I do not review baseball books very often.   I have managed to write more ‘fake’ book reviews on this site than real ones.  Even books that have been in print for years that I meant to belatedly review end up unreviewed – like The Book or Ball Four – because I’m usually in one of three states (pre-season stat-crunching+writing/in-season team management+writing/off-season vegging).

But I made an exception with Winning Fantasy Baseball (officially out Jan 7 – click preceding link to buy it on Amazon) since the author (Larry Schechter) is far and away the best performing ‘expert’ in Tout Wars.  I could obviously learn a couple things from him.  (It didn’t hurt that his PR person sent me a free copy as professional courtesy – if only I had such sway with European car companies or bacon of the month clubs).

I polished this nearly 350 page book in 2 days.  Kudos to the author for his eminently readable prose.

What Does The Book Cover?

Auction/snake draft strategy, projecting stats, projecting $ values, in-season team management.  Particular focus is placed on AL/NL-only leagues and 15-team mixed leagues with weekly (vs daily) roster changes.

Who Should Read This Book?

While this is useful for any serious fantasy baseball player, it is most useful for those that think spreadsheet and not big and tall clothing when they hear XL.  For those of you who predominantly play the standard 12-team mixed league snake draft format, the value of the book will primarily be in draft preparation and strategy (vs. in-season management).


  • He provides a very good overview of several methodologies for valuing players including Standings Gain Points (SGP), Percentage Value Methods (PVM), and Standard Deviation-based models.  If those terms sound like jibba-jabba to you, that’s understandable.  I had never heard of PVM before reading the book.  You will be a lot wiser on these topics after reading this book.  Mr. Schechter’s experience using SGP is clear as he is able to provide a great primer on the methodology and the PVM section was interesting.  (FWIW, I had never read about other methodologies when I devised my Point Share method but it has many similarities with SGP with a pinch of Standard Deviation.)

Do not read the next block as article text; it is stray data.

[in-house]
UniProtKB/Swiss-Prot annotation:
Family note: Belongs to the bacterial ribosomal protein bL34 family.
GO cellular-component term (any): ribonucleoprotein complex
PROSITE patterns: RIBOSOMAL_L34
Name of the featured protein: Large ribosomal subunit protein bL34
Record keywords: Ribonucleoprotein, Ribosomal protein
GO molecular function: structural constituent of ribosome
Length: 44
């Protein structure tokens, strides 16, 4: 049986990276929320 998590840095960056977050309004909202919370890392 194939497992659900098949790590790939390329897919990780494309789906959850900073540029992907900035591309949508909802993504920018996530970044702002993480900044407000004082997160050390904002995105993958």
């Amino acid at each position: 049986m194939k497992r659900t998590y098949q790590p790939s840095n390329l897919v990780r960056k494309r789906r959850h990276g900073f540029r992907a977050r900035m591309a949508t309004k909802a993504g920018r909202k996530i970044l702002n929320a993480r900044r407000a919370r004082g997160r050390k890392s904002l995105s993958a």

• He hammers away at what I think is the most important principle of draft strategy – maximize roster value – and provides several useful tips during pre-draft preparations to achieve this.
  • He provides a birds-eye view on how an expert prepares for and conducts a draft (in this case, an AL-only ToutWars draft).
  • He drills into several concepts like ‘position scarcity’ and ‘hitter/pitcher $ splits’ that will leave the reader wiser than when they started.

Dim lights (there are no lowlights)

  • I found the chapter on projecting stats to be dated as, even with some nods to concepts like BABIP, it suggests one create their own projections based on basically gut feel (e.g., look at past years, make some adjustments as you see fit).  There is no mention of any projection system – Marcel, ZiPS, Steamer, Baseball Prospectus, Baseball HQ, etc.  Clearly, Mr. Schechter is very good at projecting this way given his track record but I think the better recommendation for most is to grab data from a solid projection system or an aggregation of projection systems like FantasyPros, make adjustments where you see fit, and focus the majority of your time on draft strategy and converting it into player values/rankings (or just rely on me to do all that for you!)
  • His mixed-league approach involves adjusting AL/NL-only league values.  While I found this an interesting exercise – and can see how it works – this feels convoluted for those that only play mixed-leagues.

Would I Recommend It?

Definitely yes.  Whenever you get the chance to peer into the brain of a highly successful person in a field/vice you love, you do it.